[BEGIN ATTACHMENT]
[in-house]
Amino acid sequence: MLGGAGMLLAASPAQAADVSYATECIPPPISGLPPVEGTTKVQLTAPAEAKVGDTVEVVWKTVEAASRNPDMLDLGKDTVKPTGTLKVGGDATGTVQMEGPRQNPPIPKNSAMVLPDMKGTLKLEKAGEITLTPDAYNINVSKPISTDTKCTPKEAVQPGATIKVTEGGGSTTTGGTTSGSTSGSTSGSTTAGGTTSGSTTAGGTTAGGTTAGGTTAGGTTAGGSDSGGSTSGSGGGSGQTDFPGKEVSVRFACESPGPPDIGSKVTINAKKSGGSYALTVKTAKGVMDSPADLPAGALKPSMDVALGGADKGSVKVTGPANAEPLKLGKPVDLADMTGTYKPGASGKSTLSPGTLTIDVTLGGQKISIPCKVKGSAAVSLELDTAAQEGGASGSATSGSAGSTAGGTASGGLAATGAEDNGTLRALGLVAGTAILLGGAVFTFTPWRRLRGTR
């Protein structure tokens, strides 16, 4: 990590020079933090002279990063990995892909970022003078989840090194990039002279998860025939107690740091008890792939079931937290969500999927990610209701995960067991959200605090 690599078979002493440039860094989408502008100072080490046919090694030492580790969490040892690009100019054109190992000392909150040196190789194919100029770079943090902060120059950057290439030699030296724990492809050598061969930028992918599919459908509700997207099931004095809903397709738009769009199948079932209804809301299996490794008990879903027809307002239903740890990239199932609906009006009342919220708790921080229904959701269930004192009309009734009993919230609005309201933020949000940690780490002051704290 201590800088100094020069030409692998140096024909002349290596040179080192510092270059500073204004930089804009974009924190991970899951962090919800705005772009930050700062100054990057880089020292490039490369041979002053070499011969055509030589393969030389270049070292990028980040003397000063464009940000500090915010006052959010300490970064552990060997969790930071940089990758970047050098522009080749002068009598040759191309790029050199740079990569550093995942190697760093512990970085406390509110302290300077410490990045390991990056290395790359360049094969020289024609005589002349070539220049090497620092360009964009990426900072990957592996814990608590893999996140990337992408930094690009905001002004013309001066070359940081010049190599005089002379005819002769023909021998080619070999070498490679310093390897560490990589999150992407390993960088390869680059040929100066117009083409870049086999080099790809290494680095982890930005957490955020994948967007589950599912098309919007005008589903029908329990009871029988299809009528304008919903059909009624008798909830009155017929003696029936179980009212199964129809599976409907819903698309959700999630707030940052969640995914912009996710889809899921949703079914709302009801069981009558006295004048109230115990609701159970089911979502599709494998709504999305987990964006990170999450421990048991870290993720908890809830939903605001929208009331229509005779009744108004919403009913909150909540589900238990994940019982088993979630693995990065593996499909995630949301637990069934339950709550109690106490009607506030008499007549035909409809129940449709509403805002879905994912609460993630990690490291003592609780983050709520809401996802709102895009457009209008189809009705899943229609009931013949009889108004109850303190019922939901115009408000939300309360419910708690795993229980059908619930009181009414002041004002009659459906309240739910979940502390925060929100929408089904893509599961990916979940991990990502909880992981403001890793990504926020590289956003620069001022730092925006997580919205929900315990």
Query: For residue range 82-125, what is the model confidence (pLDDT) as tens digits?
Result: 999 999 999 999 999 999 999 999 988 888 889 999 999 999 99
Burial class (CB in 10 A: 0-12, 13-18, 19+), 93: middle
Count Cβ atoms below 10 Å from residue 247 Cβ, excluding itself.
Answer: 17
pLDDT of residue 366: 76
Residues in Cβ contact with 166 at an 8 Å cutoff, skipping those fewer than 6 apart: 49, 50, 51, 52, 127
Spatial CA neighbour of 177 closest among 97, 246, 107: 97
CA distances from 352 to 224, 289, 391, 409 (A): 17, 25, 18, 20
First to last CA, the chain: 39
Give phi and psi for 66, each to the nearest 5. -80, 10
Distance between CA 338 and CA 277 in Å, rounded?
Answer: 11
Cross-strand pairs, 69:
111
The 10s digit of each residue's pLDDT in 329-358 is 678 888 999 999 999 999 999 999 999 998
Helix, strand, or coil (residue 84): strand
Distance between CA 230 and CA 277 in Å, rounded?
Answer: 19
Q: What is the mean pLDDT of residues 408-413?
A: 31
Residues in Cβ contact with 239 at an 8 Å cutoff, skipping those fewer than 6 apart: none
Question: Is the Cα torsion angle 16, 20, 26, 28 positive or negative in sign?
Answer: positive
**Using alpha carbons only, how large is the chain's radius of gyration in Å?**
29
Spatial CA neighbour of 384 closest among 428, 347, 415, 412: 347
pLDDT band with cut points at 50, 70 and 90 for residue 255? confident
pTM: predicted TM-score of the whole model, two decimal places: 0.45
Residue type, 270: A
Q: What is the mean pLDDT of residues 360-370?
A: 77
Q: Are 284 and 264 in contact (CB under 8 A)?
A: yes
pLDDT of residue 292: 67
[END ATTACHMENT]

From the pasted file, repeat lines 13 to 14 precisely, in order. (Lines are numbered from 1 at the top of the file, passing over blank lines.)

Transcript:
First to last CA, the chain: 39
Give phi and psi for 66, each to the nearest 5. -80, 10